South African Infantry in their glory, 1914-1920, , National Library of Scotland, CC BY-NC-SA

Large groups of people are capable of big things. Research has demonstrated that a multitude of people is often more likely to make correct estimations and take sensible decisions than its brightest individual. Great minds may think alike but many minds think better!

Being in the company of many can have a very comforting and reinforcing effect too. This dramatic shot of thousands of German prisoners during World War I would - at the time - have served as propaganda to bolster the Allies’ spirits and demoralise the Germans. Yet one could also imagine the prisoners to have felt strengthened by the presence of their comrades, retaining some hope and courage for tough days ahead. 

Demonstration during the Easter Crisis in Denmark, 1920, Holger Damgaard, National Library of Denmark, CC BY-NC-ND
Demonstration during the Easter Crisis in Denmark, 1920, Holger Damgaard, National Library of Denmark, CC BY-NC-ND

This picture depicts mass public demonstrations during the Easter crisis in Denmark, following the dismissal of the government by King Christian X. Faced with the potential overthrow of the monarchy, the king installed a compromise cabinet and accepted a drastically reduced role as symbolic head of the state.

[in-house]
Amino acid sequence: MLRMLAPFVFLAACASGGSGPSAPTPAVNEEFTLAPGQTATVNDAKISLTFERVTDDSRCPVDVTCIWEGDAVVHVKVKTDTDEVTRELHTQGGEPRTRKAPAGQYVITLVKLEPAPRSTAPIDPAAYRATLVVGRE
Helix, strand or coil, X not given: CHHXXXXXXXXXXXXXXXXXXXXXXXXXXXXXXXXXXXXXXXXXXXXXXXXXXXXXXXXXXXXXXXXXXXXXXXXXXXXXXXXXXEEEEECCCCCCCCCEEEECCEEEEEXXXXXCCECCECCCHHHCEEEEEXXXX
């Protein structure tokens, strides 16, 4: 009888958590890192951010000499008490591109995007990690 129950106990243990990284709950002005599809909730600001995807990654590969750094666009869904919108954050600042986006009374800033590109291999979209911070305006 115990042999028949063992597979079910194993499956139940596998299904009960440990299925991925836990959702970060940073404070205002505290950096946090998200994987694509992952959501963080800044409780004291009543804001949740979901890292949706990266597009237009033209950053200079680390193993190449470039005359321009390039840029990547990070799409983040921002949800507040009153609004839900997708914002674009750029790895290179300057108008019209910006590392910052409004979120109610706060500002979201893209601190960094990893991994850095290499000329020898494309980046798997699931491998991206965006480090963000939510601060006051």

Throughout history, large gatherings of people have been engines of political and societal change. If today’s social media possess one great strength, it’s their capability of reaching and mobilising a vast amount of people in the blink of an eye. Photographs in particular have proven to be a powerful tool in rallying supporters - both on the internet and out on the streets.  

Prayer for peace in Paris, 28 August 1939, unknown photographer, TopFoto.co.uk, In Copyright
Prayer for peace in Paris, 28 August 1939, unknown photographer, TopFoto.co.uk, In Copyright

Peaceful gatherings allows people to join forces to voice their concerns and to demand change. In the image above, Parisians young and old climbed the hills of Montmartre in 1939 to join in prayers for peace. They convened at the church of Sacre Coeur and were led in prayer by Cardinal Verdier, Archbishop of Paris.